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July 8, 2009
Column #1,454
The Faith of Hispanics Is Changing
By Mike McManus

Carlos Penaloza grew up Catholic in Bolivia.  In fact, his grandfather became a Catholic priest after a divorce.  However, he says "I was a Catholic by tradition, not by conviction."

"Catholicism had no real meaning for us.  We would go to church once or twice a year.  We were just nominal Catholics. However, in 1972 a young evangelist, Julio Rudial, came preaching a new Gospel with a lot of signs and wonders, confirmed by the media.  I saw many in wheelchairs who were healed.

       "It produced a great revival. The whole country was shaken by the power of God. I was among them. I came in contact with the Gospel's powerful message.  It was no longer ritual or religion, but it gave you something real.  It transformed your life, literally. You were flooded by God's love."

       He won a scholarship to Portland Bible College, which brought him to this country. Pastor Penaloza returned to Bolivia and built a church with 12,000 members. However, his four children became ill with a genetic disease, which brought him back to America for treatment.  Tragically, all four "have gone to be with the Lord," but "God's grace was sufficient" for him to survive.  He now pastors Ekklesia USA, a church meeting in a Falls Church, VA high school where weekly attendance is now 600.

       His story, of moving from nominal Catholicism to deeply committed evangelicalism, is now the life experience of millions of Hispanic Americans.

U.S. Hispanics, who now outnumber African-Americans, "are assimilating the faith of the Caucasian population faster than anyone would have predicted, essentially mirroring the faith of America's white population," according to a new Barna Poll.

By comparing the faith of Hispanics today with their faith profile of 15 years ago, those who call themselves Catholic have fallen by 25 percent.  By contrast, there has been a 17 percent increase of born-again Christians.

Perhaps more surprisingly, Hispanic church attendance is up 10 percent in an average week. Why?  Those who claim their faith is very important in their life have grown in 15 years by 10 percent, and those who feel a "responsibility to share their religious belief with others" is also up 10 percent.

As faith becomes a more important part of one's life, the necessity to nurture it through church attendance is heightened, and the desire to share it grows proportionately.

Barna also identified a 9 percent drop in the belief that a good person can earn their way into Heaven among Hispanics and an 8 percent increase in the conviction that "God is the all-powerful, all-knowing creator of the universe who still rules the world today."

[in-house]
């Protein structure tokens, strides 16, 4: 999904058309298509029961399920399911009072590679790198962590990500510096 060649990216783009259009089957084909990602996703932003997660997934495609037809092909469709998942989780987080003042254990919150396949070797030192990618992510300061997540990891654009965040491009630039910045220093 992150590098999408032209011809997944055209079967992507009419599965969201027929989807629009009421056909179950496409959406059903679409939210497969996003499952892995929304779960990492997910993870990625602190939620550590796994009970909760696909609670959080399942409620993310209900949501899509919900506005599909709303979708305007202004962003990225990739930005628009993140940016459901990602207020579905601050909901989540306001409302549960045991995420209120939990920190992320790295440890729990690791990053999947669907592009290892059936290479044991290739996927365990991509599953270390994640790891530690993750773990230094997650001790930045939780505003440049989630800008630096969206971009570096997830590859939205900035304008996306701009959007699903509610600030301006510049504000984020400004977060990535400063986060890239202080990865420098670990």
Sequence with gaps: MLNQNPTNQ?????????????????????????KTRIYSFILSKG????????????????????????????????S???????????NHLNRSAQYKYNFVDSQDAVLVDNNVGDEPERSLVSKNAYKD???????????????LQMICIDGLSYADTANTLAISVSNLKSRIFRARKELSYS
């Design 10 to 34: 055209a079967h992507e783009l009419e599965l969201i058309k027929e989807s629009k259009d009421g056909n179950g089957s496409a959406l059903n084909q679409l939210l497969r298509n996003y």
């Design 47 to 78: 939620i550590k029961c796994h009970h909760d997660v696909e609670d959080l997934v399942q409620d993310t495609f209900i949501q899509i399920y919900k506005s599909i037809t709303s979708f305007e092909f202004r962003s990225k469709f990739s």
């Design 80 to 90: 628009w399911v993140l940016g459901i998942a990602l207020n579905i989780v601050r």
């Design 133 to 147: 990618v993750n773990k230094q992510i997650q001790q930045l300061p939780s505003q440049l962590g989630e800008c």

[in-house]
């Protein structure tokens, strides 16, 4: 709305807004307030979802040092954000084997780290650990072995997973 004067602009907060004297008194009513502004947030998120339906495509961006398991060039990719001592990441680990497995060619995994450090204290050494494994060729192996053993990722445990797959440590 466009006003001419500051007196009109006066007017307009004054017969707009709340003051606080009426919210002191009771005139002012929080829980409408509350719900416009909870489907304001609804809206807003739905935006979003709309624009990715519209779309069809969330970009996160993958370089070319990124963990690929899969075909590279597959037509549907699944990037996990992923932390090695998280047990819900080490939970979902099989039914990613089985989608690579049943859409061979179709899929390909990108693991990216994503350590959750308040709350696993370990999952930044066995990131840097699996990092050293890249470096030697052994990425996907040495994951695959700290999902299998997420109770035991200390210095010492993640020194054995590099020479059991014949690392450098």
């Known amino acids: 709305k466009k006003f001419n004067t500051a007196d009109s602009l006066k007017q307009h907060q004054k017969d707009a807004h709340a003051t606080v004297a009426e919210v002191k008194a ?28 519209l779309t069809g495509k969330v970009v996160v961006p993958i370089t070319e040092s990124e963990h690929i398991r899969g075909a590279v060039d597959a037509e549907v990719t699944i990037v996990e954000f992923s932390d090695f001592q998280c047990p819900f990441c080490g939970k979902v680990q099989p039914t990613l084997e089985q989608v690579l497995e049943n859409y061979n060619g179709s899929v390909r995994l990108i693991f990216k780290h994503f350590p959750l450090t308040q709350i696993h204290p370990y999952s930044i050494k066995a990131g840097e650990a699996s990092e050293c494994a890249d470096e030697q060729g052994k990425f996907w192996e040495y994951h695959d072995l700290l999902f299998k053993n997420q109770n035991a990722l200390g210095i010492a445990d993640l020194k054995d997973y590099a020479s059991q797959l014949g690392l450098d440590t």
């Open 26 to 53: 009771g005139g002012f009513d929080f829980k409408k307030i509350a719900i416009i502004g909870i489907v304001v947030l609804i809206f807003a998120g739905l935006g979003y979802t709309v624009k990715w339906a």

Similarly, the proportion of Hispanics who believe that the Bible is accurate in all that it teaches is up by 6 percent over what Hispanics said in a 1994 Barna Survey, and 5 percent more Hispanics read the Bible weekly.

The result of these changes in the faith of Hispanics is "nearly identical" with the total U.S. population in the importance of faith in their lives, the perceived accuracy of the Bible, feeling responsible to share their faith with others, church attendance and Bible reading.

However, the shift of Hispanics from the Catholic faith to Protestantism, should not be overstated. The Pew Research Center reports that 72% of Latinos say they are still Catholic, and only 13 percent became Protestant. Robert Mills of Pew says the shift of Latinos is no larger than denominational changes of Americans in general.  However, Pew estimates are based on the memory of respondents, not polls taken 15 years apart, like those of Barna.

       The growth of Hispanics in America is a major reason that the number of Catholics grew in 2008 by one million to 68 million. That makes Catholicism the largest faith by far in the U.S., 22 percent of the population.

Catholics outnumber all of the 15 million members of 52 denominations affiliated with the National Association of Evangelicals (Assemblies of God, Nazarenes, Pentecostals) -- AND all 45 million members of 35 Protestant denominations affiliated with the National Council of Churches (Methodists, Presbyterians, African-American churches, Orthodox, Episcopalians, Evangelical Lutherans).

Father Allan Deck of the National Conference of Catholic Bishops, reports that many Latinos are becoming affiliated with the Catholic Charismatic or Pentecostal movement.

Thus, there are multiple currents happening simultaneously.

Unquestionably however, the paucity of Catholic priests makes faith a more nominal experience for many Hispanics who attend large Catholic churches. 

       And the passion of Hispanic evangelicals such as Pastor Carlos Penaloza, is attracting millions to smaller but growing Pentecostal churches like Ekklesia.

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